lake georgetown

Imagine a Day Without Water

We use water every day for almost every single activity in our lives. The City of Round Rock Water Utility participates in Imagine a Day Without Water to remind residents of the importance of water in our everyday lives. In this blog, I would like to highlight some important processes that water goes through to get to you! Learning about your water’s journey will help you understand the importance of conserving water.

Water shortages seem farfetched in economically prosperous cities like ours, but the problem is immanent everywhere. It might be hard to imagine a day without water because that concept seems so foreign to us!

Fresh water in cities must meet peak demand for millions of people every day. Infrastructure for clean water and wastewater must be kept up to standards and safe for the public. These are very important parts of our drinking water system that most people fail to recognize and take for granted. I was one of those people before I started learning about water conservation. That is why we want to educate as many people as we can so that everyone can understand the importance of water and work together to save it!

Our Main Water Source

Between 12-35 million gallons of water is pumped out of Lake Georgetown a day! Can you guess what time of year we use the highest amount of water?  Summer! Water demand spikes as lawn irrigation increases.

 

 

 

 

Our Water Treatment Plant                                                                                                                      

This important infrastructure turns the water that comes from Lake Georgetown into safe and clean drinking water.

 

 

 

 

 

 

Getting Water to You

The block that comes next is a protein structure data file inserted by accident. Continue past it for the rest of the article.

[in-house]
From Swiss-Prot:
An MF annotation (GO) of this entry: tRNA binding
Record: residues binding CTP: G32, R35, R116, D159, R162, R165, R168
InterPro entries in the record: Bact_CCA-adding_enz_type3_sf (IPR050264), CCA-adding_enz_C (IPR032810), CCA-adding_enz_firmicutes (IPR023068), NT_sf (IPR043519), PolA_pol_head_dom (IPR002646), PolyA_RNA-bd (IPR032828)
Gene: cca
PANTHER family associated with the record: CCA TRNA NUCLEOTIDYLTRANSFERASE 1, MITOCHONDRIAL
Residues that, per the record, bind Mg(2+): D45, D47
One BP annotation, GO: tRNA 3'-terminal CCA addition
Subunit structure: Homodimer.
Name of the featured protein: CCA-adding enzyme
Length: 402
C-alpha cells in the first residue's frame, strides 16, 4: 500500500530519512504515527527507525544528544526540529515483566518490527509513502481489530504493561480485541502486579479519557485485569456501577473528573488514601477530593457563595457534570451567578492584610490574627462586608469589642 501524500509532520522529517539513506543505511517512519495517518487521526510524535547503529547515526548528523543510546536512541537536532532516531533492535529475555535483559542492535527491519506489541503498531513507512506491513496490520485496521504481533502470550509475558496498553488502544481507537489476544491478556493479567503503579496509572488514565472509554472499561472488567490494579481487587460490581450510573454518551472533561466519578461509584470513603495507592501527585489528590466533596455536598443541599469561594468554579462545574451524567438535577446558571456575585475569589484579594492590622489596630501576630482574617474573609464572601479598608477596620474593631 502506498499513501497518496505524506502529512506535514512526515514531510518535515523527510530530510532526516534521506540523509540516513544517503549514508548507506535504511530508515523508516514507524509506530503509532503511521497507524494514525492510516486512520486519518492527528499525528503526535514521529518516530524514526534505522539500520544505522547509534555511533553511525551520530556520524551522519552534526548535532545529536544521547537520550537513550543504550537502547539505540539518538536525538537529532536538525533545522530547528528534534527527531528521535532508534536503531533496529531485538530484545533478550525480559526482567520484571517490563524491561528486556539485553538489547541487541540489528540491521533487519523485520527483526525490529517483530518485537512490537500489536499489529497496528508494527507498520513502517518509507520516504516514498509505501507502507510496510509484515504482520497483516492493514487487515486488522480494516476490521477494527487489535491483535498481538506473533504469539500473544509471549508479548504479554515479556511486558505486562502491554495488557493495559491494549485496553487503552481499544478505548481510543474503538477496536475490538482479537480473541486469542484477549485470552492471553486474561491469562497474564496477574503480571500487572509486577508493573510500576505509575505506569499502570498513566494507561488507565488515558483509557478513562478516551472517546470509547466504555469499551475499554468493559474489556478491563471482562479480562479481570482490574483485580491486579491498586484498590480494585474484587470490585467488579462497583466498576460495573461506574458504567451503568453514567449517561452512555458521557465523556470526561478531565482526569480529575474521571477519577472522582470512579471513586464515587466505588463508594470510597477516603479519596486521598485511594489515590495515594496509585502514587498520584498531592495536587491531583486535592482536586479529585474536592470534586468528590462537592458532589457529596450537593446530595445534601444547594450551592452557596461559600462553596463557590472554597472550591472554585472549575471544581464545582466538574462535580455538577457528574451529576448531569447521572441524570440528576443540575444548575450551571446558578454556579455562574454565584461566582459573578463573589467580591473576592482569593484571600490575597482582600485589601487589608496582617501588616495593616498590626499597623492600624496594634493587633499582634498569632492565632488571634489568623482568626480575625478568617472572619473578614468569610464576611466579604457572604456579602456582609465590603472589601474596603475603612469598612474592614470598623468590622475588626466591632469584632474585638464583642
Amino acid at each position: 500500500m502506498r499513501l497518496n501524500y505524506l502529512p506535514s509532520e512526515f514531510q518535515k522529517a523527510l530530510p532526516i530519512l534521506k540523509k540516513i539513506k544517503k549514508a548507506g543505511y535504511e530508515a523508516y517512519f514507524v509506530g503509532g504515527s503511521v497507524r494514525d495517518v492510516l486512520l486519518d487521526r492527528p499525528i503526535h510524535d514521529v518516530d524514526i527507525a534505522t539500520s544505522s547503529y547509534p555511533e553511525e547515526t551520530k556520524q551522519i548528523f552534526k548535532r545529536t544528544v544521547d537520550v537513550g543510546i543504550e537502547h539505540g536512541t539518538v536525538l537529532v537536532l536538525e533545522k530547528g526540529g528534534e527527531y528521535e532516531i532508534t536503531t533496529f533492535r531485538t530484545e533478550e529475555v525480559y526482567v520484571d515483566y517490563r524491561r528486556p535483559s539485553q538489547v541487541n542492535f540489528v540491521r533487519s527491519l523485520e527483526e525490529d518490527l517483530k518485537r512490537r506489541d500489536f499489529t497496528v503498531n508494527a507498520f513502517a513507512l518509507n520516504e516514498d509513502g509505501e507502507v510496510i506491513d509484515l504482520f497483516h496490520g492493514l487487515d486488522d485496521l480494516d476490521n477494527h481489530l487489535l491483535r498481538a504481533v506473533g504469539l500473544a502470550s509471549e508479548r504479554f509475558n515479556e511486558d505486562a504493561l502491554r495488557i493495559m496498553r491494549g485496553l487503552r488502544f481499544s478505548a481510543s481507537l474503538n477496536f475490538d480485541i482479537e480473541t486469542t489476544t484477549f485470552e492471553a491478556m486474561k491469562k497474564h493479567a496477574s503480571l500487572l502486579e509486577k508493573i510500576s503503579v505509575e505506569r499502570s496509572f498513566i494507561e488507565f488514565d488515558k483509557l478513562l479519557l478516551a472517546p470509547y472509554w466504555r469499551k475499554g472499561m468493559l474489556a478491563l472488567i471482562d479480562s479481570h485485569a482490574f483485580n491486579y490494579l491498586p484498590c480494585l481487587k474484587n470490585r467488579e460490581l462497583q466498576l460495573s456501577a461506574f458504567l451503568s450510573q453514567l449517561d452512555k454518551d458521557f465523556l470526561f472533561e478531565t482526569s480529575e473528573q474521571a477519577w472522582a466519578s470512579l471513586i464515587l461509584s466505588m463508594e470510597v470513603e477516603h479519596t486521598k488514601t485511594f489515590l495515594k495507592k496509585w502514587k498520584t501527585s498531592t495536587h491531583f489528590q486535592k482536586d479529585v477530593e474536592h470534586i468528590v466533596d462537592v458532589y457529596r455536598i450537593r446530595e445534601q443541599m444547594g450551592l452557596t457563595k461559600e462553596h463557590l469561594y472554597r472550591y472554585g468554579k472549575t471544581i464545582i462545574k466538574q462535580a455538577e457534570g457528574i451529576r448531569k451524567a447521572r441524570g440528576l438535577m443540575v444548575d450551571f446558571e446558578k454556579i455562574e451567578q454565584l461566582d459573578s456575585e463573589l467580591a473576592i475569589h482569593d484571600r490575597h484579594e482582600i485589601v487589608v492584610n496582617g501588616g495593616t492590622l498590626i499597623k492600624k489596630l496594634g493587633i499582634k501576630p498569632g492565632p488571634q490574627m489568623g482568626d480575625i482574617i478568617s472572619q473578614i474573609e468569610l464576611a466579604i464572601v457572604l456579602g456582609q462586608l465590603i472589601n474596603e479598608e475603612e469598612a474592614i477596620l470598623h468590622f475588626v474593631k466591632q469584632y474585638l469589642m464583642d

There are miles and miles of pipes that bring water from Lake Georgetown. This hidden infrastructure carries water to the water treatment plant, water towers, your home, and the wastewater treatment plant!

 

 

 

 

 

 

Our Waste Water Treatment Plant

Everything that goes down a drain including sinks, toilets, washers, shows, tubs, and more end up here! Wastewater is turned into clean water through many sanitation processes. This water will be returned to Brushy Creek or sent to our reuse water customers.

 

 

 

Now that you have learned a little bit about our city’s water system, it is time to act! Participate in Imagine a Day Without Water by checking out our information booth at the Round Rock library  through the entire month of October! We will provide information and goodies about how to keep our water clean, abundant, and healthy.

Residents of all ages are invited to participate in the City of Round Rock’s Imagine a Day Without Water Art Contest! This fun and creative activity can help raise awareness on the importance of water in our everyday lives. Posters will be judged on artistry, creativity, originality, and the ability to communicate the importance of water in our everyday lives.

Click on the flyer for to join!

 

Lake Georgetown: Go See!

wildflowers at Lake Georgetown April 2015

wildflowers

The weather has been hit or miss so far this spring for getting a little spring cleaning yard work done, but I’m not going to complain about the wet weekends!!  The wildflowers have been gorgeous (check out my pictures) AND the rain has meant we haven’t had to turn on our sprinklers yet this year, which is great.

Even though we’ve had some pretty consistent rain, the lake levels haven’t come up too much.  Lake Georgetown (Round Rock’s main water source) is holding pretty steady at 64% full.  It’s a little higher than it was last year at this time, but still, not full!  Lake Stillhouse Hollow has come up a little with the recent rain, is at 67% full.

If you haven’t been to Lake Georgetown in a while, I encourage you to go.  It’s not too far, I drove over to take these pictures for this article. (What can I say, it was a nice day and I needed a current picture!)  Simply take IH-35 north tLake Georgetown flower pico the HWY 29 exit in Georgetown, head west (turn left at light).  Turn Right onto DB Woods road and follow the signs to the scenic overlook or one of the many parks in the area.  It’s great to actually see your drinking water source in person AND the area has a lot to offer recreation-wise!